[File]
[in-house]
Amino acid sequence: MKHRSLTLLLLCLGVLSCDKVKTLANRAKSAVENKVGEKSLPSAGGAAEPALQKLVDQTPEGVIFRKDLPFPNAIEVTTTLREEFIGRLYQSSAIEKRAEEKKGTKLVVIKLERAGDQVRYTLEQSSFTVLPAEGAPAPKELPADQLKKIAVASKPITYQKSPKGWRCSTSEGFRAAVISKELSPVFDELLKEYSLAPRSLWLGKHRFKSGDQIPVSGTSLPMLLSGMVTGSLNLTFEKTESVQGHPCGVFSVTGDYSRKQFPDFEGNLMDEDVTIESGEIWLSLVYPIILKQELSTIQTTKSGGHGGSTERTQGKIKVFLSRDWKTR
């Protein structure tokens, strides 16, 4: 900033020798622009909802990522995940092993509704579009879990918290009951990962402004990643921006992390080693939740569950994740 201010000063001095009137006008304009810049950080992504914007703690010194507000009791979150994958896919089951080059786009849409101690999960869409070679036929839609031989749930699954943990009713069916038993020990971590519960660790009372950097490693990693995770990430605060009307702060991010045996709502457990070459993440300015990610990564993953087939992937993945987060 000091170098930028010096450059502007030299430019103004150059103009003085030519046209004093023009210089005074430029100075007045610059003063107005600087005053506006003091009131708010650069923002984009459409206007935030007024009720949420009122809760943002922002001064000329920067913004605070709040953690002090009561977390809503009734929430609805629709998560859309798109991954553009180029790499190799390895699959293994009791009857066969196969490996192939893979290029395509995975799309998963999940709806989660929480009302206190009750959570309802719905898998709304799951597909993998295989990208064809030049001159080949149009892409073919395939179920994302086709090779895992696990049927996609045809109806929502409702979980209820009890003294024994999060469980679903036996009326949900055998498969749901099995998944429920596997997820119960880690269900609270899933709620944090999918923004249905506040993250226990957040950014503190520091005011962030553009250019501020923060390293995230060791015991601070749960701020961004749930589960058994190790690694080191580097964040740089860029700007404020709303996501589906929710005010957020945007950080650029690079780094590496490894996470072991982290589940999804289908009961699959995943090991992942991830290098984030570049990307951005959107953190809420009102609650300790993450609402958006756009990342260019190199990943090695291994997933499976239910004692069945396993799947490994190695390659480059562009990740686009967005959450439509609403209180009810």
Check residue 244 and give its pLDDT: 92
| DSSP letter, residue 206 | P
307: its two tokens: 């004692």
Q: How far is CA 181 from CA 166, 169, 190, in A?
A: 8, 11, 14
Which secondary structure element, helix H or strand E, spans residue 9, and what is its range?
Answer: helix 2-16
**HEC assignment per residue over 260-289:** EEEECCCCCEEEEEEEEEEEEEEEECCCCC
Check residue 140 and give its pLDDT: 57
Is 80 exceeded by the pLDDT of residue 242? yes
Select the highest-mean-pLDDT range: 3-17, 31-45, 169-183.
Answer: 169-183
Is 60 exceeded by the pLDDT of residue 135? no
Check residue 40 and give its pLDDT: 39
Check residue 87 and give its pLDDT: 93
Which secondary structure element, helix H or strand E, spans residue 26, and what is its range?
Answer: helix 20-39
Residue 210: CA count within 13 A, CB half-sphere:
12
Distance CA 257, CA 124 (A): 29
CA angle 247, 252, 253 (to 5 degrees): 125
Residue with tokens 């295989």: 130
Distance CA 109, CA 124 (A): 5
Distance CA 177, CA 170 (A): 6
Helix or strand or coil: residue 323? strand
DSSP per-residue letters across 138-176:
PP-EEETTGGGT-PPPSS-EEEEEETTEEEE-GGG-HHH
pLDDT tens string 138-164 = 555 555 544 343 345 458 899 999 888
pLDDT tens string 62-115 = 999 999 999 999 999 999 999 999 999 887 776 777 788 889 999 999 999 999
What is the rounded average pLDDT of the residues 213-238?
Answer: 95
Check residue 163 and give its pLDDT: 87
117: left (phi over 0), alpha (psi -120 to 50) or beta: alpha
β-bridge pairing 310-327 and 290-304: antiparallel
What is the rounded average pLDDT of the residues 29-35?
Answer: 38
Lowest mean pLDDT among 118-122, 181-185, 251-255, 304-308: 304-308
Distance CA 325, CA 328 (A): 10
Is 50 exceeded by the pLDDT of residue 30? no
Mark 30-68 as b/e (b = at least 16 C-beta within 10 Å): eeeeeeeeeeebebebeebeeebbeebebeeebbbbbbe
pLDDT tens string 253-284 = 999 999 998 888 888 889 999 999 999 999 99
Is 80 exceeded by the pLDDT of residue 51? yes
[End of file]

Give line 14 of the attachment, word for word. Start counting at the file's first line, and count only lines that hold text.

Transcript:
Select the highest-mean-pLDDT range: 3-17, 31-45, 169-183.